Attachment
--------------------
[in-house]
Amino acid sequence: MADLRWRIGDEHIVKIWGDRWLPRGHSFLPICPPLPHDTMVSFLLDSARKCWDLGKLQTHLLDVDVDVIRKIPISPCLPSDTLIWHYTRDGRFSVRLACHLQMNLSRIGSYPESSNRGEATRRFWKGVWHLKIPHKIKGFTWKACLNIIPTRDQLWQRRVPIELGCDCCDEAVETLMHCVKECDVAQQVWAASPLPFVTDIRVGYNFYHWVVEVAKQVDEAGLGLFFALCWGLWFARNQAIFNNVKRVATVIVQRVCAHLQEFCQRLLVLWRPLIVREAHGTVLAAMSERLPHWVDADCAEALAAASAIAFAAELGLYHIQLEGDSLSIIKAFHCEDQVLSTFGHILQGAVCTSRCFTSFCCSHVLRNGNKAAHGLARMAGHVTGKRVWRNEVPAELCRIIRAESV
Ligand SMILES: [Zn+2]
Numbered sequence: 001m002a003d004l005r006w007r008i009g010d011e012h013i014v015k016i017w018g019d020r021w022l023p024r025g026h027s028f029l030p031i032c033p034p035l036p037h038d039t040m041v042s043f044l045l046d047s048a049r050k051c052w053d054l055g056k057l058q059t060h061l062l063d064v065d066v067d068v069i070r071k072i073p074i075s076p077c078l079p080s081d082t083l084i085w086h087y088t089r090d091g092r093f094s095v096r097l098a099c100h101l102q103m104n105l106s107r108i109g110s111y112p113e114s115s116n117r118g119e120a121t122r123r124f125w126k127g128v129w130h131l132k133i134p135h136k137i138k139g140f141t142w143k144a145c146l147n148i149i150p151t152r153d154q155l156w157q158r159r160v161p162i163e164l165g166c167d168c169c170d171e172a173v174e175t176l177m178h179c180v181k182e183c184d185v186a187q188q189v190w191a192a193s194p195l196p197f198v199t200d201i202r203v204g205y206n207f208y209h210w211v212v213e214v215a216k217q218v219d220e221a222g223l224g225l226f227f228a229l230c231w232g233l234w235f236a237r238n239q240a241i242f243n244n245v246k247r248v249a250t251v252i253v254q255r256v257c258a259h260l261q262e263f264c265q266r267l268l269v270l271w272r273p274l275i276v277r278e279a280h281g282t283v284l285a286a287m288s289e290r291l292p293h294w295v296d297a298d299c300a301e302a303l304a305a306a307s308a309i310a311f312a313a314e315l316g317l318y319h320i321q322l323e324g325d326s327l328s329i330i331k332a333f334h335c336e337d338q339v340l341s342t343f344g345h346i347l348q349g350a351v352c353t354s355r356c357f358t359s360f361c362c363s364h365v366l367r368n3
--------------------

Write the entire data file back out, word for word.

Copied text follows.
[in-house]
Amino acid sequence: MADLRWRIGDEHIVKIWGDRWLPRGHSFLPICPPLPHDTMVSFLLDSARKCWDLGKLQTHLLDVDVDVIRKIPISPCLPSDTLIWHYTRDGRFSVRLACHLQMNLSRIGSYPESSNRGEATRRFWKGVWHLKIPHKIKGFTWKACLNIIPTRDQLWQRRVPIELGCDCCDEAVETLMHCVKECDVAQQVWAASPLPFVTDIRVGYNFYHWVVEVAKQVDEAGLGLFFALCWGLWFARNQAIFNNVKRVATVIVQRVCAHLQEFCQRLLVLWRPLIVREAHGTVLAAMSERLPHWVDADCAEALAAASAIAFAAELGLYHIQLEGDSLSIIKAFHCEDQVLSTFGHILQGAVCTSRCFTSFCCSHVLRNGNKAAHGLARMAGHVTGKRVWRNEVPAELCRIIRAESV
Ligand SMILES: [Zn+2]
Numbered sequence: 001m002a003d004l005r006w007r008i009g010d011e012h013i014v015k016i017w018g019d020r021w022l023p024r025g026h027s028f029l030p031i032c033p034p035l036p037h038d039t040m041v042s043f044l045l046d047s048a049r050k051c052w053d054l055g056k057l058q059t060h061l062l063d064v065d066v067d068v069i070r071k072i073p074i075s076p077c078l079p080s081d082t083l084i085w086h087y088t089r090d091g092r093f094s095v096r097l098a099c100h101l102q103m104n105l106s107r108i109g110s111y112p113e114s115s116n117r118g119e120a121t122r123r124f125w126k127g128v129w130h131l132k133i134p135h136k137i138k139g140f141t142w143k144a145c146l147n148i149i150p151t152r153d154q155l156w157q158r159r160v161p162i163e164l165g166c167d168c169c170d171e172a173v174e175t176l177m178h179c180v181k182e183c184d185v186a187q188q189v190w191a192a193s194p195l196p197f198v199t200d201i202r203v204g205y206n207f208y209h210w211v212v213e214v215a216k217q218v219d220e221a222g223l224g225l226f227f228a229l230c231w232g233l234w235f236a237r238n239q240a241i242f243n244n245v246k247r248v249a250t251v252i253v254q255r256v257c258a259h260l261q262e263f264c265q266r267l268l269v270l271w272r273p274l275i276v277r278e279a280h281g282t283v284l285a286a287m288s289e290r291l292p293h294w295v296d297a298d299c300a301e302a303l304a305a306a307s308a309i310a311f312a313a314e315l316g317l318y319h320i321q322l323e324g325d326s327l328s329i330i331k332a333f334h335c336e337d338q339v340l341s342t343f344g345h346i347l348q349g350a351v352c353t354s355r356c357f358t359s360f361c362c363s364h365v366l367r368n3